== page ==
Attorneys for the family of Joshua McLemore claim that the young man–who was in the midst of a serious mental health crisis–was left in solitary confinement, where he lost about 45 pounds in less than three weeks.
A recently filed lawsuit alleges that a 29-year-old Indiana man died after spending nearly three weeks locked inside of a windowless solitary confinement cell in the Jackson County Jail.
According to The Kansas City Star, Joshua McLemore is believed to have lost nearly 45 pounds after arriving at the facility on July 20, 2021.
During his time at the Jackson County Jail, McLemore barely ate or drank and was, according to relatives, in the midst of a serious mental health crisis.
Attorneys for McLemore’s family allege that local law enforcement’s inadequate procedures and general negligence likely caused or contributed to the 29-year-old inmate’s death.
When McLemore was booked into the jail, for instance, officers never photographed him, took his fingerprints, or ordered a mental health assessment, despite knowing that McLemore had been hospitalized immediately before being transferred into law enforcement custody.
Once McLemore was booked into Jackson County Jail, he was placed in a padded isolation cell, where his condition deteriorated and he remained in a “constant state of psychosis.”
McLemore, claims the lawsuit, received no help “until it was too late.”
The 29-year-old died on August 10, 2021, less than a month after arriving at Jackson.
“He was out of touch with reality and needed help,” said attorney Hank Balson of the Budge and Heipt law firm.
The lawsuit claims that, during the 20 days McLemore spent in the Jackson County Jail, the man was barely able to communicate with jail staff.
McLemore, for instance, was unable to tell guards when he needed to use the bathroom—and, consequently, often urinated and defecated on the cell floor.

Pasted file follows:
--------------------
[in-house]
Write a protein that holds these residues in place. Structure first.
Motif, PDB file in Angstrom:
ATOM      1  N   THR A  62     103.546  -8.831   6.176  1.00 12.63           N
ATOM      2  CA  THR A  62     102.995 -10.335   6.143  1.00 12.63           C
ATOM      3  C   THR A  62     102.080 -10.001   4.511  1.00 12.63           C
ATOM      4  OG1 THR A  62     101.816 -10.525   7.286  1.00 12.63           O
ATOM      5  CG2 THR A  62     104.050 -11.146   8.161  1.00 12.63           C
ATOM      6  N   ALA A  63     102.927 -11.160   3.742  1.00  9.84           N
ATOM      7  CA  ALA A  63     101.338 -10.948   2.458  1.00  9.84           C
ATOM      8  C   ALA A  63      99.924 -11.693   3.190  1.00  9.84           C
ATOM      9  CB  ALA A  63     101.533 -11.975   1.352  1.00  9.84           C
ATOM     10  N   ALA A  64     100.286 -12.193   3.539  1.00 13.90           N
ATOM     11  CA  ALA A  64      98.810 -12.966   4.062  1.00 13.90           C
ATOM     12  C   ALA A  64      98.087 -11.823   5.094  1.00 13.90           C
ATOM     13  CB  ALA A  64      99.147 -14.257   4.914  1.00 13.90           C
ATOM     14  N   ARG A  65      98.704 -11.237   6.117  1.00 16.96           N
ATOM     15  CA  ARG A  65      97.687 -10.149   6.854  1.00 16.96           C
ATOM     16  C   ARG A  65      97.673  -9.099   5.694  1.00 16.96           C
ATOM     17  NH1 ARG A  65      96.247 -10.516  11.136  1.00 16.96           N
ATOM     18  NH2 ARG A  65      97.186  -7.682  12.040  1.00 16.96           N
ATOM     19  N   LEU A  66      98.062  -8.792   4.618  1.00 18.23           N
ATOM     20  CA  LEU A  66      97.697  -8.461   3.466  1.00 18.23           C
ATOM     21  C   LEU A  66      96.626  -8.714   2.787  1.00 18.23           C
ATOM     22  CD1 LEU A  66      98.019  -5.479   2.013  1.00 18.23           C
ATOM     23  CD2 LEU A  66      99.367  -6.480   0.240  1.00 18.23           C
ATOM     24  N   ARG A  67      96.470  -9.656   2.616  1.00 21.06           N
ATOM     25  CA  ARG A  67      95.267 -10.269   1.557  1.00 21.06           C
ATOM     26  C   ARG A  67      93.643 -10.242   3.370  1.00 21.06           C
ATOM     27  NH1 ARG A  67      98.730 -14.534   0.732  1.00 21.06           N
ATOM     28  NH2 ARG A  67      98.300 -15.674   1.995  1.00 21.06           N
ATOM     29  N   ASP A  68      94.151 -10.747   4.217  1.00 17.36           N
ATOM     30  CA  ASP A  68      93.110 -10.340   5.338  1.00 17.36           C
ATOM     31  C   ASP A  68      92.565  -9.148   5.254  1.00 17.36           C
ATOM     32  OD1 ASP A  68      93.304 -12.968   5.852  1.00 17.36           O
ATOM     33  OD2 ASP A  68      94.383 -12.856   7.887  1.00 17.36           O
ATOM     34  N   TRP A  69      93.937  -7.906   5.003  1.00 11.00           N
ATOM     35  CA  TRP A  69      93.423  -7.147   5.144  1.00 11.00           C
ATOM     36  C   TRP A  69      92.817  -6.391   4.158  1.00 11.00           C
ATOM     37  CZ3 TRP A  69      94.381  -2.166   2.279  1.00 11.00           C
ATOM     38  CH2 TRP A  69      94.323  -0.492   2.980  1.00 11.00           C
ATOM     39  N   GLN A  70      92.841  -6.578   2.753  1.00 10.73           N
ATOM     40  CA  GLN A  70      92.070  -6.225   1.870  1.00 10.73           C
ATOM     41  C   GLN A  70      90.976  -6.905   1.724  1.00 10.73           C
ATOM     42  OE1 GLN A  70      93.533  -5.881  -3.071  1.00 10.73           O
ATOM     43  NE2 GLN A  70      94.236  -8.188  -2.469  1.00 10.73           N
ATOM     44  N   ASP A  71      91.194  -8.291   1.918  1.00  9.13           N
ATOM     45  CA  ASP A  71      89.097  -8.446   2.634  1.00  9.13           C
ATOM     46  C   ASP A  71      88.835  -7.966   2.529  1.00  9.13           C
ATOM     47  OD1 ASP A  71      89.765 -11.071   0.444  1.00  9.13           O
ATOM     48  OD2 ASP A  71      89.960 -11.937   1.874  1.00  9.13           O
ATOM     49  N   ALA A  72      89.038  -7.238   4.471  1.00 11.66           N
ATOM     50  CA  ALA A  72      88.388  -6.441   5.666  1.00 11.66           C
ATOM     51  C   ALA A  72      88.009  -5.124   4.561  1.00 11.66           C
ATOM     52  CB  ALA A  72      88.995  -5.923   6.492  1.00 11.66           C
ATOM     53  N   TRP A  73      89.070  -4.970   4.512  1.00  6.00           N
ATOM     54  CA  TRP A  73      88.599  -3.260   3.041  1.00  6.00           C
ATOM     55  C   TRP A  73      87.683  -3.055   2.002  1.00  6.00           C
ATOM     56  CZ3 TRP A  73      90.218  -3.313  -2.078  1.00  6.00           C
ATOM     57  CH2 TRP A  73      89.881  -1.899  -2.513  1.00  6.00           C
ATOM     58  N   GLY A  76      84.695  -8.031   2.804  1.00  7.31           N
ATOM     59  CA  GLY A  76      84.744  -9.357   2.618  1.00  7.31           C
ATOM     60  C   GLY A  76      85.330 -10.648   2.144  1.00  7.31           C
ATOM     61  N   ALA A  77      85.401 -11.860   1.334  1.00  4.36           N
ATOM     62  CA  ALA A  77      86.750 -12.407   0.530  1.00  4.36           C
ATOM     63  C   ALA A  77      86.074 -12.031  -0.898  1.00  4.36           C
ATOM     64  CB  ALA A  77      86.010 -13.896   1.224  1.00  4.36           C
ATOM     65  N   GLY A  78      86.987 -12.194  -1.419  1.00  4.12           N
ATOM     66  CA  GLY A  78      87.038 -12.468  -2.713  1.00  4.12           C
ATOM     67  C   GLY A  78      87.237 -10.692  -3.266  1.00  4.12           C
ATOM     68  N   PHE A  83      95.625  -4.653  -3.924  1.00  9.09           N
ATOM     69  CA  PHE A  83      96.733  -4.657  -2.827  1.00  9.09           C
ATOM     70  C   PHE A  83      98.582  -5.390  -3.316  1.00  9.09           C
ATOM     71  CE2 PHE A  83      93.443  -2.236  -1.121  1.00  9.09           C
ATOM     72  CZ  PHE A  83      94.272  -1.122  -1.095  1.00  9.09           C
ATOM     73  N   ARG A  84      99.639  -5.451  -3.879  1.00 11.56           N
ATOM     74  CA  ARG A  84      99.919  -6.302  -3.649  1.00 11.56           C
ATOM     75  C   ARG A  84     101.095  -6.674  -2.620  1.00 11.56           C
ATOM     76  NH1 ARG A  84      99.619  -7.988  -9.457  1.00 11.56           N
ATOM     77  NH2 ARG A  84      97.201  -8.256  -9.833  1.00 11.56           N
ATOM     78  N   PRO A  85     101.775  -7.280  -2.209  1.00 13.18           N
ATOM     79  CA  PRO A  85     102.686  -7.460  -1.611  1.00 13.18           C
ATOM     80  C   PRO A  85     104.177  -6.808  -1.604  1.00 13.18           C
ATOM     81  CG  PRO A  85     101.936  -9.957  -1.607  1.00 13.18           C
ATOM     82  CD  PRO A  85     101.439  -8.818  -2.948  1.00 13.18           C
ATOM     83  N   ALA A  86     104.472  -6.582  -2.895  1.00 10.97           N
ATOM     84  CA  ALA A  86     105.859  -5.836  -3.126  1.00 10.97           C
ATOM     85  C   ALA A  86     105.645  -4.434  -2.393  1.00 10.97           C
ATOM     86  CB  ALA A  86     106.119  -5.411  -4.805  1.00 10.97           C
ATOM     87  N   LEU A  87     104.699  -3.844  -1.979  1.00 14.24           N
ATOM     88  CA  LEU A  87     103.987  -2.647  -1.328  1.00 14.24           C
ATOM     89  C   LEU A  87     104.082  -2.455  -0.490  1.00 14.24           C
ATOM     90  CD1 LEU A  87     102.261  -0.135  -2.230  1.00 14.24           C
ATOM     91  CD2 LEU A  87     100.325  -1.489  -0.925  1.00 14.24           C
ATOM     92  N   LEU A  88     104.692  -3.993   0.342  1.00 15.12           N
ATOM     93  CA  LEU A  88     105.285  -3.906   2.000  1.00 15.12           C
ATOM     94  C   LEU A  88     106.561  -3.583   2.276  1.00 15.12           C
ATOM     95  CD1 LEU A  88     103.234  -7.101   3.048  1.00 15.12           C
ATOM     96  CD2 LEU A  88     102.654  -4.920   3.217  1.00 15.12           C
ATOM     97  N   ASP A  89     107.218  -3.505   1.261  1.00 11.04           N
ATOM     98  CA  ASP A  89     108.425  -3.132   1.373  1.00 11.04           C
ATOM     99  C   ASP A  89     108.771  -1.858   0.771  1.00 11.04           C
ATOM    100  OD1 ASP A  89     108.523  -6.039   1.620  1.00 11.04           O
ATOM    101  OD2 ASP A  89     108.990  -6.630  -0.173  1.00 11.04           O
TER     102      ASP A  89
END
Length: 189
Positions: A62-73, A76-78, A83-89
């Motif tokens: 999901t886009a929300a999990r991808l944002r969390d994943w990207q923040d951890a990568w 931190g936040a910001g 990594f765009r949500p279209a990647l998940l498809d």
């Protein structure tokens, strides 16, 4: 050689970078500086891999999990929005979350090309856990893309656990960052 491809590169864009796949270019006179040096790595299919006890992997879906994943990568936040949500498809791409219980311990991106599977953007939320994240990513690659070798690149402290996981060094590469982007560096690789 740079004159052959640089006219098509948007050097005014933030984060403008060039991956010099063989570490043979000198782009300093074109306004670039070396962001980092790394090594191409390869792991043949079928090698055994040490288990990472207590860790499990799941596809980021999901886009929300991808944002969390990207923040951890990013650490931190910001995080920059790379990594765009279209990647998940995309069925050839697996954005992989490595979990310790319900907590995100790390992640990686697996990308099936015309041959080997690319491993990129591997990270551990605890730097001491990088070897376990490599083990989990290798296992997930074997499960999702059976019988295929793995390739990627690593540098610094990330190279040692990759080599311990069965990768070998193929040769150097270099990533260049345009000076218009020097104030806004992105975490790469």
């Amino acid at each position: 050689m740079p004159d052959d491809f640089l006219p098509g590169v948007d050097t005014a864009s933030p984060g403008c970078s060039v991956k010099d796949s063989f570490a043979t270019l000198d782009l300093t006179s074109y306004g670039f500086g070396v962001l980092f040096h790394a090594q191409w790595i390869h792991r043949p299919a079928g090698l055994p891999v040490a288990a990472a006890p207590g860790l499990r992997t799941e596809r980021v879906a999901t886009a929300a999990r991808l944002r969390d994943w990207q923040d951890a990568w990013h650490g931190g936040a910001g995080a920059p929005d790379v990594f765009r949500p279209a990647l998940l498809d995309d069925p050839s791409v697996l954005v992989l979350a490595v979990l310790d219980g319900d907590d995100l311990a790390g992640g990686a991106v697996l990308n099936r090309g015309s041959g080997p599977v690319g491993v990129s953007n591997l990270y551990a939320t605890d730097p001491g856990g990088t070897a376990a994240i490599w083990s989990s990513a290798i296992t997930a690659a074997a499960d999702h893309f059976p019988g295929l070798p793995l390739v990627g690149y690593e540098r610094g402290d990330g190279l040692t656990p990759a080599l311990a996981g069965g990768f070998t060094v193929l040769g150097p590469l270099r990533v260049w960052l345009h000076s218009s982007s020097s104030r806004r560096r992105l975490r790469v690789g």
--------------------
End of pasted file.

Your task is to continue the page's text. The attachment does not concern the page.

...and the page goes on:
In one incident, jail employees placed McLemore in a full-body restraint for nearly four hours while another inmate cleaned his cell.
“Over time, the lack of food and water, extreme sleep deprivation, lack of human contact, denial of time outside of his cell, and the other grossly inhumane conditions of his confinement — combined with a lack of any care or treatment whatsoever — took an inevitable and serious toll on Josh’s physical health,” the lawsuit alleges.
Balson says that the Jackson County Sheriff’s Office negligently allowed McLemore’s condition to deteriorate.
“Instead of getting Josh the care he so desperately needed, the Jackson County Sheriff and his staff left Josh alone in his cell, naked, barely sleeping or eating, for almost three weeks as he wasted away in front of their eyes,” Balson said.
The Star reports that a nine-month investigation by the Jackson County Prosecutor’s Office found that McLemore “most likely died due to a prolonged lack of attention by Jackson County Jail staff as a group.”
However, the Jackson County prosecutor—Jeffrey A. Chalfant—said that no individual member of the jail staff committed a crime, and that charges against corrections officials were not warranted.